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Global Teacher Prize 2018 finalists announced

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Global Teacher Prize 2018 finalists announced

Three Australian teachers have been named in the top 50 finalists for the Varkey Foundation Global Teacher Prize for 2018.

The US $1 million prize, now in its fourth year, recognises one exceptional teacher who has made an outstanding contribution to the profession as well as to shine a spotlight on the important role teachers play in society.

The three teachers from Australia were selected from over 30 000 nominations from 173 countries around the world.

Sunny Varkey, the founder of the Varkey Foundation and the Global Teacher Prize, extended his congratulations to the three Australian educators. ‘Congratulations to Sarah Mathews, Eddie Woo and Wilbur Klein for reaching the final 50. I hope their stories inspire those looking to enter the teaching profession and shine a spotlight on the incredible work teachers do all over the world every day. We intend to keep this momentum going as our journey continues to return teachers to their rightful position as one of the most respected professions in society.’

Here we take a closer look at the finalists.

Wilbur Klein, Principal at Tjuntjuntjara Remote Community School, WA

The new staffroom at Macgregor Primary School

Having devoted over 20 years to working in remote Indigenous education in Western Australia, Wilbur Klein has had a unique career as a teacher and school leader.

His current post as Principal at Tjuntjuntjara Remote Community School has him working in perhaps the most remote school in Australia. In his community, Klein has established a unique structure of four extended teaching days in the classroom and one day a week learning externally in the bush with the community via a school-community education agreement. The program has four essential pillars: learning, engaging, culture and language.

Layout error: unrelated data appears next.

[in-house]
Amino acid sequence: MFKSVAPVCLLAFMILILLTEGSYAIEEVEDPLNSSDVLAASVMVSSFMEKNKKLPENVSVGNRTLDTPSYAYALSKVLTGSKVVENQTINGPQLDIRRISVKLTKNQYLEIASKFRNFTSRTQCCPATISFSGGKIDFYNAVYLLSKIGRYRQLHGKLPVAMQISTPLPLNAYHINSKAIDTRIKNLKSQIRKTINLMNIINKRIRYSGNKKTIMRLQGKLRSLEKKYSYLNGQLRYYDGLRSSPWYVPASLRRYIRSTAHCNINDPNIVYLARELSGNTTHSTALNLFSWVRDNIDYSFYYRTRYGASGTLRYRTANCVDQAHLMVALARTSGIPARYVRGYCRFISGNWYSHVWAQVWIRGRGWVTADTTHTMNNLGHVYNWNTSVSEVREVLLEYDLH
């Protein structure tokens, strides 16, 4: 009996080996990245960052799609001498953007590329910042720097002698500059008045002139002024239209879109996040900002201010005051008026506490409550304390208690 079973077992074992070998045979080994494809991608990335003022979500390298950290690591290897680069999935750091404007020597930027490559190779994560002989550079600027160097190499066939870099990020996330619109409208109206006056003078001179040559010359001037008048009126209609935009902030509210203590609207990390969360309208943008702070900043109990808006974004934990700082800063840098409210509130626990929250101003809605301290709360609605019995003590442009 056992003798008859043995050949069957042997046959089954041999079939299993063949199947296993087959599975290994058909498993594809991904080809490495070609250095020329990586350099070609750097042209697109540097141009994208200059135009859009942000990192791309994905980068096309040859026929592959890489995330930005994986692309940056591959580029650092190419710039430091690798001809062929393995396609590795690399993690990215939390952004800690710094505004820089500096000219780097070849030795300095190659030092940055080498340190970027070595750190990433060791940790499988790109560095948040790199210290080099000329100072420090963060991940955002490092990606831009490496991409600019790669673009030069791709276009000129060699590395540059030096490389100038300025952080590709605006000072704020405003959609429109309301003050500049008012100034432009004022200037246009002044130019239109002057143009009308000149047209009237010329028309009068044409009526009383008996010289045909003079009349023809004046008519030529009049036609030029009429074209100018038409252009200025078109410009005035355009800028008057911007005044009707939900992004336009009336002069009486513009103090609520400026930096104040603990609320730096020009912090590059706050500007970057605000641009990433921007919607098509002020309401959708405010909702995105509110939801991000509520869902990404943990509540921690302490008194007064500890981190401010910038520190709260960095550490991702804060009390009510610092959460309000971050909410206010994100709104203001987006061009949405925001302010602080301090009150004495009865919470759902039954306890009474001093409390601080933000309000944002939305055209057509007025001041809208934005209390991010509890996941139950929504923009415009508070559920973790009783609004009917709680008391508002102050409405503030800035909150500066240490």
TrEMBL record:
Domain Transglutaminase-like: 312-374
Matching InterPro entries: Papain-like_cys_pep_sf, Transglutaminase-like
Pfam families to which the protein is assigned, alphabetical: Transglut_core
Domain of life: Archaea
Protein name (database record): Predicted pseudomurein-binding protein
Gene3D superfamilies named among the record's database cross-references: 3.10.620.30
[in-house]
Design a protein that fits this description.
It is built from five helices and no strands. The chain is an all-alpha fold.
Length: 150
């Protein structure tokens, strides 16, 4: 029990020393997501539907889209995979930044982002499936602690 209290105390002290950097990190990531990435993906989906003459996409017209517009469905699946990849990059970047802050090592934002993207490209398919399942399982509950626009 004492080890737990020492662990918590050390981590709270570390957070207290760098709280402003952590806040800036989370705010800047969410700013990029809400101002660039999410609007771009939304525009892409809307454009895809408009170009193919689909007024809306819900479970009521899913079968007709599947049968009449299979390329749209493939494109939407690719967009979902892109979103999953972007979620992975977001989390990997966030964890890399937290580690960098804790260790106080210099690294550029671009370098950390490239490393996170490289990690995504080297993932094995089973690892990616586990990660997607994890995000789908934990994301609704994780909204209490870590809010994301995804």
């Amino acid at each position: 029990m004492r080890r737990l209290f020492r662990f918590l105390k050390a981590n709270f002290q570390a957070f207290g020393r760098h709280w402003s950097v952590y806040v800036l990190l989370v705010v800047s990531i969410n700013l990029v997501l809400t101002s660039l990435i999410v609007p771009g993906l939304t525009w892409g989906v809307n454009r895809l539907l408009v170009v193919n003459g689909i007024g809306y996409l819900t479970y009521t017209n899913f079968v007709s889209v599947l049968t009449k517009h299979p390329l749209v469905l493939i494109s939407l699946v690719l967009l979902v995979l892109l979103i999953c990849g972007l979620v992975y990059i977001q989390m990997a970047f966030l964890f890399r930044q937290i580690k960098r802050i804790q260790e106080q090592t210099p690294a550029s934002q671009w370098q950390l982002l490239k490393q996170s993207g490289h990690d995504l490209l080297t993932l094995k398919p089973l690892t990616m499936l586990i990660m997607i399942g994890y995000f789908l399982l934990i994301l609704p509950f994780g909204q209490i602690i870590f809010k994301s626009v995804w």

Not only does this program connect the school with the community, but it also enables students to learn in two entirely different ways. The first allows them to learn academically in terms of developing language and science and mathematics skills. The second highlights the importance of exploring culture and identity at the same time.

His approach to education in this remote Aboriginal community has assisted in Australia’s reconciliation process and has contributed to the success of Indigenous learners.

Sarah Mathews, Science and Mathematics teacher from Brisbane Bayside State College, QLD

The new staffroom at Macgregor Primary School

When Sarah Mathews recognised that there was a critical teacher shortage in the area of high school Maths and Science, she decided to leave behind her 17-year career as a scientist to become an educator. That was in 2008, and since then she has made a remarkable difference in her school community.

Mathews analysed the school’s National Assessment Program – Literacy and Numeracy (NAPLAN) trends and found that many students had limited intuitive numeracy ability. As a result, she developed a program introducing the evidence-based practice of ‘numeracy moments’ – a program that enriches mathematical thinking by incorporating mathematics into real-life situations.

This initiative was first launched in 2013 and has since proven to make a difference to her students’ problem-solving and reasoning skills and a significant improvement in the college’s NAPLAN numeracy results.

Eddie Woo, Mathematics teacher from Cherrybrook Technology High School, NSW

The new staffroom at Macgregor Primary School

Eddie Woo has a passion for sharing his expertise across Australia and beyond. To do this, he records his high school maths lessons by day and by night he posts the videos online via his YouTube channel and website.

Wootube now has over 120,000 subscribers and due to his enthusiastic teaching style, Woo’s lessons have had over 4 million views. This has not only helped to offset the teaching shortage in maths, but it has also done much to popularise the subject for young people.

On a more personal level, as a student himself Woo experienced racism and bullying due to the fact there were few children of Asian background in his suburban Sydney primary school in the early '90s. This has inspired him to help students in his own school setting.

What’s next?

The top 10 finalists will be announced in February 2018. Then the winner will be announced live on stage in Dubai at the Global Education and Skills Forum (GESF) on Sunday 18 March next year.

Visit www.globalteacherprize.org for more information about all of the 2018 finalists.

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